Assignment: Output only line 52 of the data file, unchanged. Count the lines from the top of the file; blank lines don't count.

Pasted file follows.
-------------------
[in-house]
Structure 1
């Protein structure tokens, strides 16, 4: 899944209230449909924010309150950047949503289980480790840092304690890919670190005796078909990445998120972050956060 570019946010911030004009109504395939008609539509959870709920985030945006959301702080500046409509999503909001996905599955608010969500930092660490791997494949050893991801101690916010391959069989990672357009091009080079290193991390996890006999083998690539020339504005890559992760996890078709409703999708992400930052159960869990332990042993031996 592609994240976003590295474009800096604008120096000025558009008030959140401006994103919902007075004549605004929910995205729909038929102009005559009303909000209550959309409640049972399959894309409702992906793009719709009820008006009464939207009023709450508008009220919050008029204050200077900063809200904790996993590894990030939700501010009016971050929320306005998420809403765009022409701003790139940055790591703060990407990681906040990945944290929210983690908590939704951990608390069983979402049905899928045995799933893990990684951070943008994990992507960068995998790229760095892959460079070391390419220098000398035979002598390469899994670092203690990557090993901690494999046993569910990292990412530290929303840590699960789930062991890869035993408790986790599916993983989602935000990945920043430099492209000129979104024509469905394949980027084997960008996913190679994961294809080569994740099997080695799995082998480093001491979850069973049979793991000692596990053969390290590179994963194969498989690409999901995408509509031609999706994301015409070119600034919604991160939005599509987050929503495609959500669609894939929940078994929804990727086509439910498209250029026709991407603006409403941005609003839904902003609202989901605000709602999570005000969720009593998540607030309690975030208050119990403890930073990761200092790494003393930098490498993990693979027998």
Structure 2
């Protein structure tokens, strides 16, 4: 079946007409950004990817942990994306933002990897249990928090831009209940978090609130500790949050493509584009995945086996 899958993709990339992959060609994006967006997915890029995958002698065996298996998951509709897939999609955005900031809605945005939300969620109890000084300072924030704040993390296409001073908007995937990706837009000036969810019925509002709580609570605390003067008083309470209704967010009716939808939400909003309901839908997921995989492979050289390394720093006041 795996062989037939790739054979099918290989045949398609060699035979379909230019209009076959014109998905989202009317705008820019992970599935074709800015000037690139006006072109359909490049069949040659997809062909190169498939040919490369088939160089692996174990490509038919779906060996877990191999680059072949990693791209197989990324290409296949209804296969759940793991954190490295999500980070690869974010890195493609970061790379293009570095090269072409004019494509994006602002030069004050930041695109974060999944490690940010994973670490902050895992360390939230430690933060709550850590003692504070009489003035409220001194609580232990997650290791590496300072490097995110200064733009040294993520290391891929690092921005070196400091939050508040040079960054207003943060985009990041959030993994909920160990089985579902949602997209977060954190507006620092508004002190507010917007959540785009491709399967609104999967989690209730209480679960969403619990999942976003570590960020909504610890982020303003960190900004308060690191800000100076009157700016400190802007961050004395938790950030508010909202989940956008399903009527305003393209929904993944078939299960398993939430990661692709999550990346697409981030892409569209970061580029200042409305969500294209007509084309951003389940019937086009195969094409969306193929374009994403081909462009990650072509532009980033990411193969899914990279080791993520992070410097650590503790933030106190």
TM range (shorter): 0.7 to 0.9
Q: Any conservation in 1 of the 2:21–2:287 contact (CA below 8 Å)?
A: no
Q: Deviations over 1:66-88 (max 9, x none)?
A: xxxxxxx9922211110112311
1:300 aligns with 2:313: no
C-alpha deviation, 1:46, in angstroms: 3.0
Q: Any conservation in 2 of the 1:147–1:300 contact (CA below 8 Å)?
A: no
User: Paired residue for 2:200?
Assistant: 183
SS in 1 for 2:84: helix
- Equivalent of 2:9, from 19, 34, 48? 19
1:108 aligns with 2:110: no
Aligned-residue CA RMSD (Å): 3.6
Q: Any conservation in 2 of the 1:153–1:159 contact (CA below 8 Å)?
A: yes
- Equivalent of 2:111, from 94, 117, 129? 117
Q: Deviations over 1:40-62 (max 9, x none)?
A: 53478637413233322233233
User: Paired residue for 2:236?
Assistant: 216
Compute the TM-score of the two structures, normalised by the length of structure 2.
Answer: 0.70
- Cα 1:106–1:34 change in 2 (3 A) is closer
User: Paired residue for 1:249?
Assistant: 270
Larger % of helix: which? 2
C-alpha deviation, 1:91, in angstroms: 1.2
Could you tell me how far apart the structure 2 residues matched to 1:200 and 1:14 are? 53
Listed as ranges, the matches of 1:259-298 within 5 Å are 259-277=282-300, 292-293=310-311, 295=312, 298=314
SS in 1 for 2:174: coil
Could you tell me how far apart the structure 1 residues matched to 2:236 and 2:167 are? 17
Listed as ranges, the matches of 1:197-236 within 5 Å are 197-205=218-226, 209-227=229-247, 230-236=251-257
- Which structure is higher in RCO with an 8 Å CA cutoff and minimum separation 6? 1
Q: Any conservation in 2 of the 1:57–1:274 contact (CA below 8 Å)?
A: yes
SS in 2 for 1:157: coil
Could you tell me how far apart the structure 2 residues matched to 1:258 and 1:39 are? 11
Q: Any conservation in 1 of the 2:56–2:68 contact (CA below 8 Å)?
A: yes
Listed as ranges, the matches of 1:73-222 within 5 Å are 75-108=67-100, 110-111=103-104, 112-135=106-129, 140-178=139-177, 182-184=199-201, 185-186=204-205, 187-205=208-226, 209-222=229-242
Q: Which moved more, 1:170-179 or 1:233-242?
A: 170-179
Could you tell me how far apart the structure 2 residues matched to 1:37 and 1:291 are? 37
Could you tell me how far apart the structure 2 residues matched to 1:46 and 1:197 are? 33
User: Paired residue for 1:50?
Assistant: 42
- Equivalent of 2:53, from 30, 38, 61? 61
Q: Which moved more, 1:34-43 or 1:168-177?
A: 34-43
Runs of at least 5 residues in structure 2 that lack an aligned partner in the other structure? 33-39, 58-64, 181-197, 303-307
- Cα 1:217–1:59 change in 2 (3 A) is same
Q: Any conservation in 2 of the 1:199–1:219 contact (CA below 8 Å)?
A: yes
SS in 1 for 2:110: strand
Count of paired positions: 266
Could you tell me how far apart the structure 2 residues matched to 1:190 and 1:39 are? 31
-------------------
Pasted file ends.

User: Paired residue for 1:50?